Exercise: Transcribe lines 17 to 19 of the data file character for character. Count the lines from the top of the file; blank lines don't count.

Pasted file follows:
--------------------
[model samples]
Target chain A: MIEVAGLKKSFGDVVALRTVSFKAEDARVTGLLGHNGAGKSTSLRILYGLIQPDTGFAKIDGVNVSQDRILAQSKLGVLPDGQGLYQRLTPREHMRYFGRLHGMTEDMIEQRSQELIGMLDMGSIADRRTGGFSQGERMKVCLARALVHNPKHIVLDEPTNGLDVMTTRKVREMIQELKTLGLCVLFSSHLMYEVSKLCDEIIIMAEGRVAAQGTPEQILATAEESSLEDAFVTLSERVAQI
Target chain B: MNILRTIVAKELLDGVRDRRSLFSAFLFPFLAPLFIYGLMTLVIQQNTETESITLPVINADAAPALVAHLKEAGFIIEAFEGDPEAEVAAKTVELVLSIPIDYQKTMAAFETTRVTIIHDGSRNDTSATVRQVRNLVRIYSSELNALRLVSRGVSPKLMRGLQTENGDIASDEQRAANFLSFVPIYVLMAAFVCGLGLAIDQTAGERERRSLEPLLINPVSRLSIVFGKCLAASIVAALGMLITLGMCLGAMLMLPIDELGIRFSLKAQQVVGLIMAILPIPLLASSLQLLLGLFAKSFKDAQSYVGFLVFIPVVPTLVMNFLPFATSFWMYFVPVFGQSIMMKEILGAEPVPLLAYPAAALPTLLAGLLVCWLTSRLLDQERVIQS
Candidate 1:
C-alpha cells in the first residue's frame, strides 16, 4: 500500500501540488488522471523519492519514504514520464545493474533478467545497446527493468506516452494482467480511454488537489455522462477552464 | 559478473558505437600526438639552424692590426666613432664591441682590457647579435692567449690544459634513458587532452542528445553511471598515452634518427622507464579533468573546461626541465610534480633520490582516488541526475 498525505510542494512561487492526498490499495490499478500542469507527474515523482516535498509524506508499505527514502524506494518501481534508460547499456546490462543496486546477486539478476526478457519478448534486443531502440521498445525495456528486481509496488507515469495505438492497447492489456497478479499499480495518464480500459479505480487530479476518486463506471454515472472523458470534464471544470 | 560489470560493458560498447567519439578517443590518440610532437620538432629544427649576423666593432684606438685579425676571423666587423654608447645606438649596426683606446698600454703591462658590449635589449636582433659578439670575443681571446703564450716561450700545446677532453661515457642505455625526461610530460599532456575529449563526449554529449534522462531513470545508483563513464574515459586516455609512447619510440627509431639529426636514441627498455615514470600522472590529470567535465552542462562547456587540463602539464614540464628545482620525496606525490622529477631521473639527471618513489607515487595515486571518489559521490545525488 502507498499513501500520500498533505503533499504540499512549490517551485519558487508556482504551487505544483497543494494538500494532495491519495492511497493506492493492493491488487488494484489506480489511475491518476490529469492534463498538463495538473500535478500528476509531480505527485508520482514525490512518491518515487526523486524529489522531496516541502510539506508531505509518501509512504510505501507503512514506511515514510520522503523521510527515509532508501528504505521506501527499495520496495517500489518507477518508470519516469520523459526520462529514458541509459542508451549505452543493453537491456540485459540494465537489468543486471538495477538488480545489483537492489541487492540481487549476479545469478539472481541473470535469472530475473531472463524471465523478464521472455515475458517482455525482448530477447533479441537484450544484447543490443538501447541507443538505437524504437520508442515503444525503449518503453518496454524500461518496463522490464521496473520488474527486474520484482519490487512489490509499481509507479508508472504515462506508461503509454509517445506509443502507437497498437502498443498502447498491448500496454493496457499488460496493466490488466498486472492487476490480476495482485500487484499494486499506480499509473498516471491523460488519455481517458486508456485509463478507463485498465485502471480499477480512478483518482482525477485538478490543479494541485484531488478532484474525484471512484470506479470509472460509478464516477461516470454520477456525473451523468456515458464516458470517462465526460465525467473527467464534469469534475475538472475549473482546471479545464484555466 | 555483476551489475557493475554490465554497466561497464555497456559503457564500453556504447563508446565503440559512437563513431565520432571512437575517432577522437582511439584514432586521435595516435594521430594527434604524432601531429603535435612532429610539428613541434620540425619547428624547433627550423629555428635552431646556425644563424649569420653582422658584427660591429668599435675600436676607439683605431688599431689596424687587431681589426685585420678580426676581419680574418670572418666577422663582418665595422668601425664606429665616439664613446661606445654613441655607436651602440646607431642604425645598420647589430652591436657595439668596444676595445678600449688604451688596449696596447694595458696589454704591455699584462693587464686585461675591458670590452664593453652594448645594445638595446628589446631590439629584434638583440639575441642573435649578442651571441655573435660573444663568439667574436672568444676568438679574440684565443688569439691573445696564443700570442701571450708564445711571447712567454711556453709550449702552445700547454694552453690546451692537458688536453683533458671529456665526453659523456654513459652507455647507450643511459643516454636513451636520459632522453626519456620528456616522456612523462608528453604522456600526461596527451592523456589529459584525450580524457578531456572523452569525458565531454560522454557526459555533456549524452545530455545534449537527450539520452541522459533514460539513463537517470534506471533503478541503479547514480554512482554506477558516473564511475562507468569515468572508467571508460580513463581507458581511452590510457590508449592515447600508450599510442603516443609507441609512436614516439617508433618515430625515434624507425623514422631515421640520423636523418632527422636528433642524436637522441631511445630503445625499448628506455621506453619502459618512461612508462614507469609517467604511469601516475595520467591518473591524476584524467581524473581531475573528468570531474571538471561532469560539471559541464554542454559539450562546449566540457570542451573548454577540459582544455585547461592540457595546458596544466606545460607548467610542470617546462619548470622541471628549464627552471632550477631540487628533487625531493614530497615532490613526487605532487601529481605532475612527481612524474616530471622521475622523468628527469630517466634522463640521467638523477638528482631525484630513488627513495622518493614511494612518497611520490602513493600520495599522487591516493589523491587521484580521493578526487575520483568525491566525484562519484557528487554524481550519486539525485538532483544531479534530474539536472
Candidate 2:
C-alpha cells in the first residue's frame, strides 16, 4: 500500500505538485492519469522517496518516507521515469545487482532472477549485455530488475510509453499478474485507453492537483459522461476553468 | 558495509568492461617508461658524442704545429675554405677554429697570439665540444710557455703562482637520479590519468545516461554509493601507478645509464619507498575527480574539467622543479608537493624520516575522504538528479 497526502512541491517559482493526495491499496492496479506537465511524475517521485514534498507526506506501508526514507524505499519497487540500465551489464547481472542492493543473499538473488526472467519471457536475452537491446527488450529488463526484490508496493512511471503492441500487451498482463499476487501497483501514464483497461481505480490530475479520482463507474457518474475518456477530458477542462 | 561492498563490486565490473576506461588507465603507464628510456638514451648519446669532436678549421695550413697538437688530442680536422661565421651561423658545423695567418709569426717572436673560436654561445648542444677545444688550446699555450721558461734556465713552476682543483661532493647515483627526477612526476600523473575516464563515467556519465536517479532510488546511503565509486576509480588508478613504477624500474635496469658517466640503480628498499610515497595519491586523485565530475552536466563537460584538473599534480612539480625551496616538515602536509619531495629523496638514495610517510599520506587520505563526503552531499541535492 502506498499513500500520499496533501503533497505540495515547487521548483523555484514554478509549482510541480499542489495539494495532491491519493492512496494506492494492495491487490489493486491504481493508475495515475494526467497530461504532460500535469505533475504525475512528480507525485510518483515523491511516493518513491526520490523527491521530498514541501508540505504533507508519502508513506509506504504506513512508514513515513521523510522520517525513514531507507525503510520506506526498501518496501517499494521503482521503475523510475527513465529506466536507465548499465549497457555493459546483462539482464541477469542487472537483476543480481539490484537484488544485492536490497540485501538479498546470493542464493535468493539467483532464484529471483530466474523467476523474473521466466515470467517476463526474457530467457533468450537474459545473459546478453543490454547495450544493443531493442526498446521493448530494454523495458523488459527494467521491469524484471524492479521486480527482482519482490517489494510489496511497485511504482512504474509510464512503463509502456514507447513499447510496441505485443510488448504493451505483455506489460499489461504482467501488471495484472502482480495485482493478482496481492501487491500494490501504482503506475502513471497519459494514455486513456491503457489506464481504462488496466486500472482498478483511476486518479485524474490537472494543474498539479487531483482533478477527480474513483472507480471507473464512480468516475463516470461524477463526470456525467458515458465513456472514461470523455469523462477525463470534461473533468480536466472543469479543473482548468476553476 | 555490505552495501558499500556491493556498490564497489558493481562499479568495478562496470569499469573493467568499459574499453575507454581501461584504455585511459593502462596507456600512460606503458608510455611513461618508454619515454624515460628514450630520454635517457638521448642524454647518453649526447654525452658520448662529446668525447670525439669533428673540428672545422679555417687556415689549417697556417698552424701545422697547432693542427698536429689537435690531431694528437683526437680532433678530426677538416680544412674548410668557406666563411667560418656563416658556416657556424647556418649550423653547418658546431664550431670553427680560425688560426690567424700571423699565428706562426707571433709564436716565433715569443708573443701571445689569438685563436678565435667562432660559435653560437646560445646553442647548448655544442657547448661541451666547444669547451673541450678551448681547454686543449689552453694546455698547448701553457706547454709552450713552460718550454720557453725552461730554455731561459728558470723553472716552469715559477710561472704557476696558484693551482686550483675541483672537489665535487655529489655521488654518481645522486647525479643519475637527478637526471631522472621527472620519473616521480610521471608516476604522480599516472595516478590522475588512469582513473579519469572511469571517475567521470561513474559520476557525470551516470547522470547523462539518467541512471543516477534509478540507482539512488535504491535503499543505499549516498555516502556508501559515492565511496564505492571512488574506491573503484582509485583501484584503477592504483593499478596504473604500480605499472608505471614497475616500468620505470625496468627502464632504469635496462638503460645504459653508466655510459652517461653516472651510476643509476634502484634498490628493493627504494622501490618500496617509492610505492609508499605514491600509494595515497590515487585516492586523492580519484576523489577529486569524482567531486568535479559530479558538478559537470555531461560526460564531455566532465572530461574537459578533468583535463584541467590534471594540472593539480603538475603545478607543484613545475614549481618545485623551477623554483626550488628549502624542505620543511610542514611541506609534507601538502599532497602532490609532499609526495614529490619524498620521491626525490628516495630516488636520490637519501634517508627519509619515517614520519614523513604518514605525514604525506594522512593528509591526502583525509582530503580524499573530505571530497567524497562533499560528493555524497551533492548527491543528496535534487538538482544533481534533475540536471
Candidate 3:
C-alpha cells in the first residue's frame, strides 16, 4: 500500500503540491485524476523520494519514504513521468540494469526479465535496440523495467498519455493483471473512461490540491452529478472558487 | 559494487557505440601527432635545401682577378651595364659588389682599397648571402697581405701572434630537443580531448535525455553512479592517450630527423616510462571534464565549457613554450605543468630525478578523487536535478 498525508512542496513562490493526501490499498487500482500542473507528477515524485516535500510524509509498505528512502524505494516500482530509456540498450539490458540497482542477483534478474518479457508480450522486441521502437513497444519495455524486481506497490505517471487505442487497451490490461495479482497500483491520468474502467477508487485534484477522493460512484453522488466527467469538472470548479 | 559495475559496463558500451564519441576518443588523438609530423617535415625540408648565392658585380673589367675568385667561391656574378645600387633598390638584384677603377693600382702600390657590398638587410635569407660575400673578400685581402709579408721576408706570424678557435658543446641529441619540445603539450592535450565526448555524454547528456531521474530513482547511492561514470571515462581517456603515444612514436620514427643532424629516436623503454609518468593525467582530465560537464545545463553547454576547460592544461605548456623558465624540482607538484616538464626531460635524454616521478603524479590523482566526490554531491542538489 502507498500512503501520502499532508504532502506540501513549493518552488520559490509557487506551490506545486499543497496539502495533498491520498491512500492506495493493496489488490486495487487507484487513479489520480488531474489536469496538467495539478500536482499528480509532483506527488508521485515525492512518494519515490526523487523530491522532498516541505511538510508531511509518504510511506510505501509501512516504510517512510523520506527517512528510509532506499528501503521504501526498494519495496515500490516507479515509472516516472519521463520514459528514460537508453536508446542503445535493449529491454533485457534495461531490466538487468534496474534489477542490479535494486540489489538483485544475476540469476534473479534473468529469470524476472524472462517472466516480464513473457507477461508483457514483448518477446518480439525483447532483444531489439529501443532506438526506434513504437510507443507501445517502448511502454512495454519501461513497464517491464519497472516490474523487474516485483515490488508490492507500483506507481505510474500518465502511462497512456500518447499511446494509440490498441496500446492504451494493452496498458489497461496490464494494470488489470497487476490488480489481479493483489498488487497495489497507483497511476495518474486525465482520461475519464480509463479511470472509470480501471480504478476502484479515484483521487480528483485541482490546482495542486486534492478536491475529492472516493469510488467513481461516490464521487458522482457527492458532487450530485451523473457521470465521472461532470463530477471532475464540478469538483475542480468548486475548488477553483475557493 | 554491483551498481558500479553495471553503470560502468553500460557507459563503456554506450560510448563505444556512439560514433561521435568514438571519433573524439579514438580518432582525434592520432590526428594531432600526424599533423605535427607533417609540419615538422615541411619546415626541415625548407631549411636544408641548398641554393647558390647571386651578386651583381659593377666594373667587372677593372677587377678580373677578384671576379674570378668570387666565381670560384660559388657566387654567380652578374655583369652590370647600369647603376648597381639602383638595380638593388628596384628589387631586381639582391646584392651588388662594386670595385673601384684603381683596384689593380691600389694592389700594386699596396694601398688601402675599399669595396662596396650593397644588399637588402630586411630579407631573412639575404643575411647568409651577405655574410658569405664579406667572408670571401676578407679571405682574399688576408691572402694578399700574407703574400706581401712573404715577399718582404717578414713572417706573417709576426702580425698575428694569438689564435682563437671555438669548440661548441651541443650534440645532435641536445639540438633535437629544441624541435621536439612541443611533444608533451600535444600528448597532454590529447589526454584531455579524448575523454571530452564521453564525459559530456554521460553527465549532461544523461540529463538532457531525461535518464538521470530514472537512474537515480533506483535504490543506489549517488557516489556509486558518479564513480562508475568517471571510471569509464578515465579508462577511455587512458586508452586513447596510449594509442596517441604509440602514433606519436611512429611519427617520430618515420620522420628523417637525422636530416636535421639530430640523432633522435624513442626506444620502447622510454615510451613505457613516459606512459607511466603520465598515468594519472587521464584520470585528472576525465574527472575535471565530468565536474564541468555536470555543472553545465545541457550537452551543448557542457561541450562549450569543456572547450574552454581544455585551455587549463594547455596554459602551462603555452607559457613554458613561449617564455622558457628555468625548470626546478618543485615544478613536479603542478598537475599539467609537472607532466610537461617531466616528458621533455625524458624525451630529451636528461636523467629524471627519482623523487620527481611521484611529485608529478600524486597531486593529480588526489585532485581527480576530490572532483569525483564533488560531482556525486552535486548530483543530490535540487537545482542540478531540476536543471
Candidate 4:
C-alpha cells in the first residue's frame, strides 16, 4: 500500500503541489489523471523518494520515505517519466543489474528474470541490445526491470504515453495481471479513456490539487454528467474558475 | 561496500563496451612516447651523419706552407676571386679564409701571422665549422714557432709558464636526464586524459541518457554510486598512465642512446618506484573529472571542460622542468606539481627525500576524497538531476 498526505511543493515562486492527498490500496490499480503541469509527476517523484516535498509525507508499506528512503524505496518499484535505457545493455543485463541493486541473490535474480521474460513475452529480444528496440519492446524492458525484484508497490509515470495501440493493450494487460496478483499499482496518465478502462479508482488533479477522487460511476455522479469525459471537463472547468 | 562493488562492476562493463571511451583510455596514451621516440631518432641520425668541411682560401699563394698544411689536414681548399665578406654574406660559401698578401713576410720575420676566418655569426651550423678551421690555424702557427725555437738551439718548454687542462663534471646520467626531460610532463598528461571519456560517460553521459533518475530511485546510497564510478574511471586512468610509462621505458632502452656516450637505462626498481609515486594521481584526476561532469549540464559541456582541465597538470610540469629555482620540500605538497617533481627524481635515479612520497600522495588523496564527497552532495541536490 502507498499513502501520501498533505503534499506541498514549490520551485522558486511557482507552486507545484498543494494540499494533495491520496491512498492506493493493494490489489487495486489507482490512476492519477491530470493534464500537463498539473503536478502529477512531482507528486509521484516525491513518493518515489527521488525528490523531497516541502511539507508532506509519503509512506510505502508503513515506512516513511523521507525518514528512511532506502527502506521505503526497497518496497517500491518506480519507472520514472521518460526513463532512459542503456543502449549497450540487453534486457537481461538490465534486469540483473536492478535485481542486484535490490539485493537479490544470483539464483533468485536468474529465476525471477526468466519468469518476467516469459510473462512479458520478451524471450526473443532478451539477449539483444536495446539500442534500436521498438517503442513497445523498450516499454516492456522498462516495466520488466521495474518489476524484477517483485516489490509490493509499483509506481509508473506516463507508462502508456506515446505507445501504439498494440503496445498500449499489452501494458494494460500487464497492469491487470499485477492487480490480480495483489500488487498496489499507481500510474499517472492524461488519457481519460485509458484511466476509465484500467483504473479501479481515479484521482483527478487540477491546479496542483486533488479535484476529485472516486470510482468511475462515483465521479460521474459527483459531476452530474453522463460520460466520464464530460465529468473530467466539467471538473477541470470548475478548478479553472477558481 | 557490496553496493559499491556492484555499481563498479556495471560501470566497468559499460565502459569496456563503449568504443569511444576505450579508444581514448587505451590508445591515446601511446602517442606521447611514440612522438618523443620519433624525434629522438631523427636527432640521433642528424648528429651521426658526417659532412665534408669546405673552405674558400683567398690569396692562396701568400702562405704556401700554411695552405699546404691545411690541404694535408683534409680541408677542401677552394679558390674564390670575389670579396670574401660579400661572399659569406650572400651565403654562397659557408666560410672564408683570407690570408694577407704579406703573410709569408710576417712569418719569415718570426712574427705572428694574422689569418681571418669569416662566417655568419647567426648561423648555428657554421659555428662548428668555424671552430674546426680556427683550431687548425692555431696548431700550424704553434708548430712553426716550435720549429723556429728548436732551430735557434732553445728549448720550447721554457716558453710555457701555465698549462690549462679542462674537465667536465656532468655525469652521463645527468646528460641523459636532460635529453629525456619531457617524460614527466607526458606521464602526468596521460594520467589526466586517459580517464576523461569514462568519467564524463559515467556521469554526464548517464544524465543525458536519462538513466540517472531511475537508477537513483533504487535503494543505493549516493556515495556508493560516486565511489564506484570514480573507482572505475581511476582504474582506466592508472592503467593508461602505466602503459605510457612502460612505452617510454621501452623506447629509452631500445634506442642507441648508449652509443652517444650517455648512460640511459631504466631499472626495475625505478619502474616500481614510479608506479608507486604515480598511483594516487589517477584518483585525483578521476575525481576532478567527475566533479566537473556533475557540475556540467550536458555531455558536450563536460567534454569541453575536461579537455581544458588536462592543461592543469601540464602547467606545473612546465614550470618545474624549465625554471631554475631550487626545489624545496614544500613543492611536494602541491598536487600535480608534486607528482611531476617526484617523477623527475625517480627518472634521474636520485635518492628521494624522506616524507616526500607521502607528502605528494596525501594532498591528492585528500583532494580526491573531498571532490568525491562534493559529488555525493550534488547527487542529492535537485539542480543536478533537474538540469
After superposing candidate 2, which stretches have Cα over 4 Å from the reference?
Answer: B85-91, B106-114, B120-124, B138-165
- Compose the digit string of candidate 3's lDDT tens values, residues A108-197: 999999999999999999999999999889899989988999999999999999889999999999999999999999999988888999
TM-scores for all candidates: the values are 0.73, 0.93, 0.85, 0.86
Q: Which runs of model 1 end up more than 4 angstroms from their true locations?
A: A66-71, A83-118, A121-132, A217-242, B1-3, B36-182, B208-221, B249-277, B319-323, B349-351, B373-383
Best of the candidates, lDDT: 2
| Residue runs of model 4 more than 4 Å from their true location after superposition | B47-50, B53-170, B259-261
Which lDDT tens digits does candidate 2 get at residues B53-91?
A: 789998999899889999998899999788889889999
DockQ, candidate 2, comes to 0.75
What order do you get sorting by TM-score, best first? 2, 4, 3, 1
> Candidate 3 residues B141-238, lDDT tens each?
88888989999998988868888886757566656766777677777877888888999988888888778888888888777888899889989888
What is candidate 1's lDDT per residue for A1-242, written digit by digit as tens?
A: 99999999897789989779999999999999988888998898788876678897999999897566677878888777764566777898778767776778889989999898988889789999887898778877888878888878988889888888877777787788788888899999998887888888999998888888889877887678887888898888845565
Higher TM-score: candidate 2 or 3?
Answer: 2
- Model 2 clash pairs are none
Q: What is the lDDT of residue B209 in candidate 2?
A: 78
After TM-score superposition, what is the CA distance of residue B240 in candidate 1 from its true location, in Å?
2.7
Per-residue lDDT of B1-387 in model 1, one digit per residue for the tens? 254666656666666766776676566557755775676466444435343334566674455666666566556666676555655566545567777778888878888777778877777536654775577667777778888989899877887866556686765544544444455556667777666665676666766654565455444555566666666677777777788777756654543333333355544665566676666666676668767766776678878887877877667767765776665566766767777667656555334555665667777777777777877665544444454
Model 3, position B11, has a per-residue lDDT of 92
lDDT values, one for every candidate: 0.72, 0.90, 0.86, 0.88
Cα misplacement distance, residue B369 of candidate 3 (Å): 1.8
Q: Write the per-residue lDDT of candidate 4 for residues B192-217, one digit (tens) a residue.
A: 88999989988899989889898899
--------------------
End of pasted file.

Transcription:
A: A66-71, A83-118, A121-132, A217-242, B1-3, B36-182, B208-221, B249-277, B319-323, B349-351, B373-383
Best of the candidates, lDDT: 2
| Residue runs of model 4 more than 4 Å from their true location after superposition | B47-50, B53-170, B259-261